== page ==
Students in all Schools at The University of Western Australia were eligible to receive one of thirty two Convocation Prizes for academic excellence each year.
Post 2016 one prize valued at $1000 each is made in each of the 32 Schools of the University.
Each prize is awarded in the form of a certificate and a cheque to each winner. In some Faculties, the amounts may be pooled for several of its Schools in order to offer one or more prizes of a larger amount.
Due to 2016 UWA renewal project UWA has restructured with four faculties and school of indigenous studies.
As such five new Convocation Faculty Student prizes are currently being formed for 2018.
Graduate Women WA Scholarship
As a commemorative gift in its 90th year, Graduate Women WA funded a scholarship at all five universities within Western Australia.
The award was open to female postgraduate students across all disciplines, and was intended to assist the recipient with practical aspects associated with their research, such as providing funds for travel to conduct field-work, access resources, or collaborate with researchers inter-state or overseas.
The Graduate Women WA 90th Anniversary Scholarship was awarded to Ms Tegan Davies (also the recipient of the 2013 Geoffrey Kennedy.
About Graduate Women WA
Graduate Women WA is a not-for-profit organization that welcomes women graduates interested in advancing the education of other women and promoting international harmony and friendship. For 90 years, Graduate Women WA has been the voice of graduate women who seek to serve and empower women and girls through education and advocacy at a local, national and international level.
At the state and territory level, the Australian Federation of Graduate Women helps women undertaking postgraduate studies by providing bursaries. Graduate Women WA traditionally provides five annual bursaries, a scholarship to a student resident of St Catherine's College and two grants to enable female high school students to attend the Science Summer School at Murdoch University. Funds for these bursaries come from donations and from the academic dress hire service run by members and volunteers.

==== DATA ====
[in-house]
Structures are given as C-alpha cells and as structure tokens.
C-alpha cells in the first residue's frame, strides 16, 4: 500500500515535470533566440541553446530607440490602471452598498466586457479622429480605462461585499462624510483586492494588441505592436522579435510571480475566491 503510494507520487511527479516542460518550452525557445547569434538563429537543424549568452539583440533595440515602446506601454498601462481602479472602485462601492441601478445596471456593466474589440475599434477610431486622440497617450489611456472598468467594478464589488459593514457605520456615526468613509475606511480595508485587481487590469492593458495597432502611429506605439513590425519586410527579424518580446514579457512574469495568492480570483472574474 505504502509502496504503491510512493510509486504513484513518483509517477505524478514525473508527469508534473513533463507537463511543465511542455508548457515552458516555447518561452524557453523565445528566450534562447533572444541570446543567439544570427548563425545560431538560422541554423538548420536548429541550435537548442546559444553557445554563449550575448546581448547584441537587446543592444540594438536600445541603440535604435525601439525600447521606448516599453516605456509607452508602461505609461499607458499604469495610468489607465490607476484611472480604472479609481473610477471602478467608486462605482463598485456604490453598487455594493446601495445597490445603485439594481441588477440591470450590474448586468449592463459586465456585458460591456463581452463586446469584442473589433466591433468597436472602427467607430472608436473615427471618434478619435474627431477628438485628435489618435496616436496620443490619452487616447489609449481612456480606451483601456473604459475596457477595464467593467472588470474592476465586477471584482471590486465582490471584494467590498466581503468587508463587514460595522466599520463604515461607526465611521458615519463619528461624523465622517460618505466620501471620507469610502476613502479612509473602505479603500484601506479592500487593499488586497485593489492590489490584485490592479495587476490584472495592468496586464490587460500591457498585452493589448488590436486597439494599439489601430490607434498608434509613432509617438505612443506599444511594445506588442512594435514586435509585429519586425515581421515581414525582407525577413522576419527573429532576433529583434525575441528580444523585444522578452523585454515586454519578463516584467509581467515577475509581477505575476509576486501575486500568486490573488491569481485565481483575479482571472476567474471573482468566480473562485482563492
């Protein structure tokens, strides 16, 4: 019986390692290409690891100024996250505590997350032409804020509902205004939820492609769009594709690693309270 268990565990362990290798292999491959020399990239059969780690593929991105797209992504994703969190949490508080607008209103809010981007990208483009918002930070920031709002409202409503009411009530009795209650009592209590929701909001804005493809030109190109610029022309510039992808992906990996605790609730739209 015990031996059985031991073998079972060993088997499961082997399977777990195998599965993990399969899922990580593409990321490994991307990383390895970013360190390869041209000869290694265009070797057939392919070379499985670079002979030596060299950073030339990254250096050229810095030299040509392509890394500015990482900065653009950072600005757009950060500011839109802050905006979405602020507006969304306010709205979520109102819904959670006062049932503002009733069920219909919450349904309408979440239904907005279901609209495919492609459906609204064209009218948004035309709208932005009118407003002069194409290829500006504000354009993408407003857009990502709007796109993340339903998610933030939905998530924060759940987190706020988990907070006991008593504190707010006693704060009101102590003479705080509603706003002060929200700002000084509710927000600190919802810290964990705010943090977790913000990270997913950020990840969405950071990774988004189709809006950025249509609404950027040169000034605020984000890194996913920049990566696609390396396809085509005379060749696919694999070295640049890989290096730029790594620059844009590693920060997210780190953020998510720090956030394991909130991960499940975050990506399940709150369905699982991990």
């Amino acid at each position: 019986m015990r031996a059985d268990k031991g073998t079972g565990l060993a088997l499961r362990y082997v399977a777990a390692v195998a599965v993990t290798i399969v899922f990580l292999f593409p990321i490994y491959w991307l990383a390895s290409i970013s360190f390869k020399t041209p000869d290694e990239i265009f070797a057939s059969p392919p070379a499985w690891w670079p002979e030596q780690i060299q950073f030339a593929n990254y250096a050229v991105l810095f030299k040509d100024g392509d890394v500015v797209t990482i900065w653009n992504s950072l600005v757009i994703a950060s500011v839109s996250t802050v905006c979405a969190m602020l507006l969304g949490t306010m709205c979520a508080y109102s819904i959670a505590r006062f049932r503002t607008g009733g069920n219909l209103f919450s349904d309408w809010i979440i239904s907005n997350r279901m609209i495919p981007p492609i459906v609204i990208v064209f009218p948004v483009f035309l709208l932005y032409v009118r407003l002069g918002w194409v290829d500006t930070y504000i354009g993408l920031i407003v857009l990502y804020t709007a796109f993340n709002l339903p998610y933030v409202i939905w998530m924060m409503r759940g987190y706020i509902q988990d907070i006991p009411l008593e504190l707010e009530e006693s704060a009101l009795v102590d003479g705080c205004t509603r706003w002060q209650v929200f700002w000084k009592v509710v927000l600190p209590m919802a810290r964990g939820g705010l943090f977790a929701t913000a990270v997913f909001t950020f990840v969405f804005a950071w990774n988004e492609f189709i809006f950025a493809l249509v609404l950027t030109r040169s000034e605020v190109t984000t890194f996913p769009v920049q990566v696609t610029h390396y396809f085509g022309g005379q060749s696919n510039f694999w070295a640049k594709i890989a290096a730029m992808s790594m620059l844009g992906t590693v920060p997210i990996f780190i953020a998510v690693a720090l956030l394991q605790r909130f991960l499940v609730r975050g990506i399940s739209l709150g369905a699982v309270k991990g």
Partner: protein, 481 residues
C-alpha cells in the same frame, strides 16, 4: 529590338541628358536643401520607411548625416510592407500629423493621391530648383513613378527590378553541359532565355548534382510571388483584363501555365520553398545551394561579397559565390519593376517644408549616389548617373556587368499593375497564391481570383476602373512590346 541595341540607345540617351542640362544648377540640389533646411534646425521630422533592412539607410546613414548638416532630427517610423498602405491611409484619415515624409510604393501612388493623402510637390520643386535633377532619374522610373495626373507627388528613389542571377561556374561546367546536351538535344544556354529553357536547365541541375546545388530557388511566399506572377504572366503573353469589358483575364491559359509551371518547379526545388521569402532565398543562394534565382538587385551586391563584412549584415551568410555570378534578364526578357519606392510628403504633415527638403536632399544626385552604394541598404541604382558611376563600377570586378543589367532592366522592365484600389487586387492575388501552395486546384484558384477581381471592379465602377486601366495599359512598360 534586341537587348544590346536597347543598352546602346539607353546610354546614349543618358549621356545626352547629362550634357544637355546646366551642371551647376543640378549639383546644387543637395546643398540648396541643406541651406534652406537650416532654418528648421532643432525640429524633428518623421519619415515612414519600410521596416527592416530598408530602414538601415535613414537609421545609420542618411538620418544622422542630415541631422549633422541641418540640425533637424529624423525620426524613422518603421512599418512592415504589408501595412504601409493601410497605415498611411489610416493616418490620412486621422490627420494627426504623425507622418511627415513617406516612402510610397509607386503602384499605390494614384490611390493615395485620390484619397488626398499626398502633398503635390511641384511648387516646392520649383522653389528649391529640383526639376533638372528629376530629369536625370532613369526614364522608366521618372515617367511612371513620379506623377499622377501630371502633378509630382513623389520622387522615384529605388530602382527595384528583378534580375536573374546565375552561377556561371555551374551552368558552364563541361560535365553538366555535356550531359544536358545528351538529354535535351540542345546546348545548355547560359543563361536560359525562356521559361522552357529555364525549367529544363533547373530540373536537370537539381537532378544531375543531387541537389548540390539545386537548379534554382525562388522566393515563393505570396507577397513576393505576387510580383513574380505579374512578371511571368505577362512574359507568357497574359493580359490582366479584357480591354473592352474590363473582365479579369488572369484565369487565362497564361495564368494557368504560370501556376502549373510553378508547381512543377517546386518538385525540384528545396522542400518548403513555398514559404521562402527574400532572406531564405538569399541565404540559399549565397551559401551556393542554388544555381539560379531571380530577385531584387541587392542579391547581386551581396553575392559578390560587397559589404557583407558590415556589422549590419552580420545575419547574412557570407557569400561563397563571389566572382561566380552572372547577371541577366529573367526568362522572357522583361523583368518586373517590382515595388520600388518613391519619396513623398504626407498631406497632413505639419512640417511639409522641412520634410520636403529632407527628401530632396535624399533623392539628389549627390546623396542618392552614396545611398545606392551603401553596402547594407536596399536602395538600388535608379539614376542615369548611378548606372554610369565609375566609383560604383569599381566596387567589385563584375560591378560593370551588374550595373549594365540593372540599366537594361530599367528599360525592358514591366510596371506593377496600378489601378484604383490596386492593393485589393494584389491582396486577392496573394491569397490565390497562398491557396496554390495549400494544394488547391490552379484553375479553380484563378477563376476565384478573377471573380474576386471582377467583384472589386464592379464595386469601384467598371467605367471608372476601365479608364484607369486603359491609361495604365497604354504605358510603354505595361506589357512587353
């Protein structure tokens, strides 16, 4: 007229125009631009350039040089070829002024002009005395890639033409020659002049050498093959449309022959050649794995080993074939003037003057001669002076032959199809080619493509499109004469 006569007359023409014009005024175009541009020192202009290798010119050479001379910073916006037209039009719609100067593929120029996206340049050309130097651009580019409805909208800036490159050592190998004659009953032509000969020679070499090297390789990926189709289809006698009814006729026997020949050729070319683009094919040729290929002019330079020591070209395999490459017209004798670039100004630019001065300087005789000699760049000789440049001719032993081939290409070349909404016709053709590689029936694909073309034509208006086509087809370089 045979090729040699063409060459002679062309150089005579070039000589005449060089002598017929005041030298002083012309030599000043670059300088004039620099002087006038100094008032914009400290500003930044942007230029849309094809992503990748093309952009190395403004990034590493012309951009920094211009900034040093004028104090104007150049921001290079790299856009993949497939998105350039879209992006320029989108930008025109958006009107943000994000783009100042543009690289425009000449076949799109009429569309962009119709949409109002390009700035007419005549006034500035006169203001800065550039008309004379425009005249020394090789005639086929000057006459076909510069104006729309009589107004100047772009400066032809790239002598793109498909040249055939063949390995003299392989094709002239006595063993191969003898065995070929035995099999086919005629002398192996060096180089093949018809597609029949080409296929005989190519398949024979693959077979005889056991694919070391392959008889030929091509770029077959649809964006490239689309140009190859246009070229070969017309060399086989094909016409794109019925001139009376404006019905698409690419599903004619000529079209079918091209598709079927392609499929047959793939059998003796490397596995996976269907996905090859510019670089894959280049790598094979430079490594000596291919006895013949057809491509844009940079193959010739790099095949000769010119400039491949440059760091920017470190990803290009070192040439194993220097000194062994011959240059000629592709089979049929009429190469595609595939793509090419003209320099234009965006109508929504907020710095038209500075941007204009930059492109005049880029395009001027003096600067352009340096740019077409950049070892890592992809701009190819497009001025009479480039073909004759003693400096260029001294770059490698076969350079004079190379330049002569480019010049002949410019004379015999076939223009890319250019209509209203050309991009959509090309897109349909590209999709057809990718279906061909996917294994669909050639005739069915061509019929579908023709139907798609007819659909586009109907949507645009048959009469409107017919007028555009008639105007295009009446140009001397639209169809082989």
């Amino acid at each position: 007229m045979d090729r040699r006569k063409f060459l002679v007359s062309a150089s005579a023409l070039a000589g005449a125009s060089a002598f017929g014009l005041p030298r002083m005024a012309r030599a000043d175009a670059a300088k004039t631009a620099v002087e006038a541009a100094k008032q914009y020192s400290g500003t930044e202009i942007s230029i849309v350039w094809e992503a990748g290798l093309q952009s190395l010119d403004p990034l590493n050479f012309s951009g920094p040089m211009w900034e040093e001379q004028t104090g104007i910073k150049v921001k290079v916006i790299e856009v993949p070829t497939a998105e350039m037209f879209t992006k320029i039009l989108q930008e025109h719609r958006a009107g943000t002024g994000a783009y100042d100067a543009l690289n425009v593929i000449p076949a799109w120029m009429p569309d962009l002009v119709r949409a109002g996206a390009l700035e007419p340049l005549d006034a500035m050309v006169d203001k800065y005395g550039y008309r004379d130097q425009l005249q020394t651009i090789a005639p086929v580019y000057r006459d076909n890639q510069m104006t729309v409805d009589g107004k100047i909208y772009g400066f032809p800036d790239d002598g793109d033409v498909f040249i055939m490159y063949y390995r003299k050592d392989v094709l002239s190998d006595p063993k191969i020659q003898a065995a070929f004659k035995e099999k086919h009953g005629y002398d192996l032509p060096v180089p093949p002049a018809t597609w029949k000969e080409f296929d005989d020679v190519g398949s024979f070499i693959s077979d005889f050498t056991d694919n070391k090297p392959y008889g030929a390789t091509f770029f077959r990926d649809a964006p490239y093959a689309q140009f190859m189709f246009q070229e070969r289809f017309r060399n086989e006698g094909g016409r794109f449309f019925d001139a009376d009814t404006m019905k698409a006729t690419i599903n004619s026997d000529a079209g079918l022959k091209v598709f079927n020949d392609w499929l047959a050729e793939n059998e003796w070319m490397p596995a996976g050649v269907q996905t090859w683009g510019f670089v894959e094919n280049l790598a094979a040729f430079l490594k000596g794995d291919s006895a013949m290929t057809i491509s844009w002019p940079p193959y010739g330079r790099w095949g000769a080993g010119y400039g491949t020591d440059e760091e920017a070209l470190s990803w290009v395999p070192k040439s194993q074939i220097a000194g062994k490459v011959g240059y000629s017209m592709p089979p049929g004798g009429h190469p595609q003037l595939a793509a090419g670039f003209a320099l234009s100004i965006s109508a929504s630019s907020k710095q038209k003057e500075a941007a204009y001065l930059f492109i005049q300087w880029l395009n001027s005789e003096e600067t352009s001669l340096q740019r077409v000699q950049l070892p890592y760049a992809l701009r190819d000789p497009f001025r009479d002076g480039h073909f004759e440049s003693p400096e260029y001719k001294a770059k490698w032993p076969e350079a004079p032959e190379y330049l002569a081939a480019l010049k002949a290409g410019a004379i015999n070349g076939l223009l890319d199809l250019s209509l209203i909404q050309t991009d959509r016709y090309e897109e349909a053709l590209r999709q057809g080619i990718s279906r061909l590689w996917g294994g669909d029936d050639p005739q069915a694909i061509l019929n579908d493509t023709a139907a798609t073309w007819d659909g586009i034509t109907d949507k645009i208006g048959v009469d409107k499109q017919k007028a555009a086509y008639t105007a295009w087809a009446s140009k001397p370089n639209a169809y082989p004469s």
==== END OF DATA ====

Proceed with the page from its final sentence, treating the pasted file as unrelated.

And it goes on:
Convocation pavilion prize
In 2010 the University of Western Australia's Cultural Precinct established an international design competition for an innovative temporary shelter design for Pacific Rim countries hit by disaster. The competition was open to recently graduated architectural students around the world.
The $10,000 prize was won by two Italian graduates, Elisa Mansutti and Luca Pavarin, graduates from the University of Udine, in north-east Italy. By using traditional Japanese techniques they designed a temporary shelter that is easy to construct, and displays many sustainable principles.
"We studied origami and its theory of self-supporting structures, in our architecture units," Luca said.
"It is a very simple structure to erect," Elisa said. "Just 13 aluminium poles in the ground, then the seams of the fabric will hold it up."
The honeycomb-like design provides for 12 private sleeping compartments around the outer part of the pavilion, with a big communal area in the middle. The designers were given a brief for an economical shelter (less than $12,000), easily deliverable to remote areas, and using green technologies.
They brought together the best of several tent designs, rejecting those that needed guy ropes and the traditional emergency tent that does not provide any private compartments. They adapted the idea of the nomadic tent, using layers of fabric, depending on the weather (ensuring their design could be made with different densities of fabric), and the family camping tent, which uses zips to enclose or open out areas of different sizes.